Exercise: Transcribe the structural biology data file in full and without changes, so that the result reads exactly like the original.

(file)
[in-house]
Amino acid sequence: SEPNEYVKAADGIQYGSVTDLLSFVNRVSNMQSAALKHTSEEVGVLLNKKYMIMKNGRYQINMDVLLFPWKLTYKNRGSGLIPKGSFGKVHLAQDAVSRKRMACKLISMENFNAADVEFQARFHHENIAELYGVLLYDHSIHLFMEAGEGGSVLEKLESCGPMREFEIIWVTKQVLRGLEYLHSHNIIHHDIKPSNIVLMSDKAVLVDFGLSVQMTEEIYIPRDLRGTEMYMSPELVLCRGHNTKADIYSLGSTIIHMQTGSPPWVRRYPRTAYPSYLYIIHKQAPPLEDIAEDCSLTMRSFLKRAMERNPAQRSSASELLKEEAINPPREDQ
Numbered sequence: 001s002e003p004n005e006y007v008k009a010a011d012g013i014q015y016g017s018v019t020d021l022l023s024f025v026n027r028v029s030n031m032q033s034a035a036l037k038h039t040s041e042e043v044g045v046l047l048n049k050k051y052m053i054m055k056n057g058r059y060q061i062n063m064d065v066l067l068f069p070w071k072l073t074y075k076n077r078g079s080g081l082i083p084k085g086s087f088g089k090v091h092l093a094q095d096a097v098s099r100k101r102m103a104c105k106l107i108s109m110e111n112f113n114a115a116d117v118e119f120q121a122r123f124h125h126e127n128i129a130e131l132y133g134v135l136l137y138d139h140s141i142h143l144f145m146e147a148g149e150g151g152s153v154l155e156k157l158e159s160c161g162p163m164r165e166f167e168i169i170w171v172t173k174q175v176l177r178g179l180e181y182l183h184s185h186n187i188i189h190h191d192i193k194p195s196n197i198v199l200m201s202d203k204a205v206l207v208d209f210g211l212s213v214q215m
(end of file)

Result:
[in-house]
Amino acid sequence: SEPNEYVKAADGIQYGSVTDLLSFVNRVSNMQSAALKHTSEEVGVLLNKKYMIMKNGRYQINMDVLLFPWKLTYKNRGSGLIPKGSFGKVHLAQDAVSRKRMACKLISMENFNAADVEFQARFHHENIAELYGVLLYDHSIHLFMEAGEGGSVLEKLESCGPMREFEIIWVTKQVLRGLEYLHSHNIIHHDIKPSNIVLMSDKAVLVDFGLSVQMTEEIYIPRDLRGTEMYMSPELVLCRGHNTKADIYSLGSTIIHMQTGSPPWVRRYPRTAYPSYLYIIHKQAPPLEDIAEDCSLTMRSFLKRAMERNPAQRSSASELLKEEAINPPREDQ
Numbered sequence: 001s002e003p004n005e006y007v008k009a010a011d012g013i014q015y016g017s018v019t020d021l022l023s024f025v026n027r028v029s030n031m032q033s034a035a036l037k038h039t040s041e042e043v044g045v046l047l048n049k050k051y052m053i054m055k056n057g058r059y060q061i062n063m064d065v066l067l068f069p070w071k072l073t074y075k076n077r078g079s080g081l082i083p084k085g086s087f088g089k090v091h092l093a094q095d096a097v098s099r100k101r102m103a104c105k106l107i108s109m110e111n112f113n114a115a116d117v118e119f120q121a122r123f124h125h126e127n128i129a130e131l132y133g134v135l136l137y138d139h140s141i142h143l144f145m146e147a148g149e150g151g152s153v154l155e156k157l158e159s160c161g162p163m164r165e166f167e168i169i170w171v172t173k174q175v176l177r178g179l180e181y182l183h184s185h186n187i188i189h190h191d192i193k194p195s196n197i198v199l200m201s202d203k204a205v206l207v208d209f210g211l212s213v214q215m